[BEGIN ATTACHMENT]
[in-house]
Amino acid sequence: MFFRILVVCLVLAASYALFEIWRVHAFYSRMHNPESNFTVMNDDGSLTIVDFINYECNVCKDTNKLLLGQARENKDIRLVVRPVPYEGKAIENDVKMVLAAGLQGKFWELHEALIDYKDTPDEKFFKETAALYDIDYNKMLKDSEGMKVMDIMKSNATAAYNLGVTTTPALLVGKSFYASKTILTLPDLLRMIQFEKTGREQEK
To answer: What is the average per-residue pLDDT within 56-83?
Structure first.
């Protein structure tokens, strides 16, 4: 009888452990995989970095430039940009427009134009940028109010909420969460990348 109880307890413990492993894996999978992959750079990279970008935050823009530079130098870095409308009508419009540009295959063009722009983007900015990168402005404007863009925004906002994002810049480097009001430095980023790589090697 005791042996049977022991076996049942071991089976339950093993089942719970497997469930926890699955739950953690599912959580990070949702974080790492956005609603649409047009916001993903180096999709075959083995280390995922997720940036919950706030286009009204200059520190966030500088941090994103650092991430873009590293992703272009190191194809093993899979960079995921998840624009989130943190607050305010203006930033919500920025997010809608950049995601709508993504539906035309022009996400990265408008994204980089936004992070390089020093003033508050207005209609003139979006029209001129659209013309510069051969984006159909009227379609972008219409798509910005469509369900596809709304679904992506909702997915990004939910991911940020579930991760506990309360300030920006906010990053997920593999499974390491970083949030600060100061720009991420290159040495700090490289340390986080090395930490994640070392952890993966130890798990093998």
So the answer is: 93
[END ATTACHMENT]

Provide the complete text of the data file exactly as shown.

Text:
[in-house]
Amino acid sequence: MFFRILVVCLVLAASYALFEIWRVHAFYSRMHNPESNFTVMNDDGSLTIVDFINYECNVCKDTNKLLLGQARENKDIRLVVRPVPYEGKAIENDVKMVLAAGLQGKFWELHEALIDYKDTPDEKFFKETAALYDIDYNKMLKDSEGMKVMDIMKSNATAAYNLGVTTTPALLVGKSFYASKTILTLPDLLRMIQFEKTGREQEK
To answer: What is the average per-residue pLDDT within 56-83?
Structure first.
């Protein structure tokens, strides 16, 4: 009888452990995989970095430039940009427009134009940028109010909420969460990348 109880307890413990492993894996999978992959750079990279970008935050823009530079130098870095409308009508419009540009295959063009722009983007900015990168402005404007863009925004906002994002810049480097009001430095980023790589090697 005791042996049977022991076996049942071991089976339950093993089942719970497997469930926890699955739950953690599912959580990070949702974080790492956005609603649409047009916001993903180096999709075959083995280390995922997720940036919950706030286009009204200059520190966030500088941090994103650092991430873009590293992703272009190191194809093993899979960079995921998840624009989130943190607050305010203006930033919500920025997010809608950049995601709508993504539906035309022009996400990265408008994204980089936004992070390089020093003033508050207005209609003139979006029209001129659209013309510069051969984006159909009227379609972008219409798509910005469509369900596809709304679904992506909702997915990004939910991911940020579930991760506990309360300030920006906010990053997920593999499974390491970083949030600060100061720009991420290159040495700090490289340390986080090395930490994640070392952890993966130890798990093998």
So the answer is: 93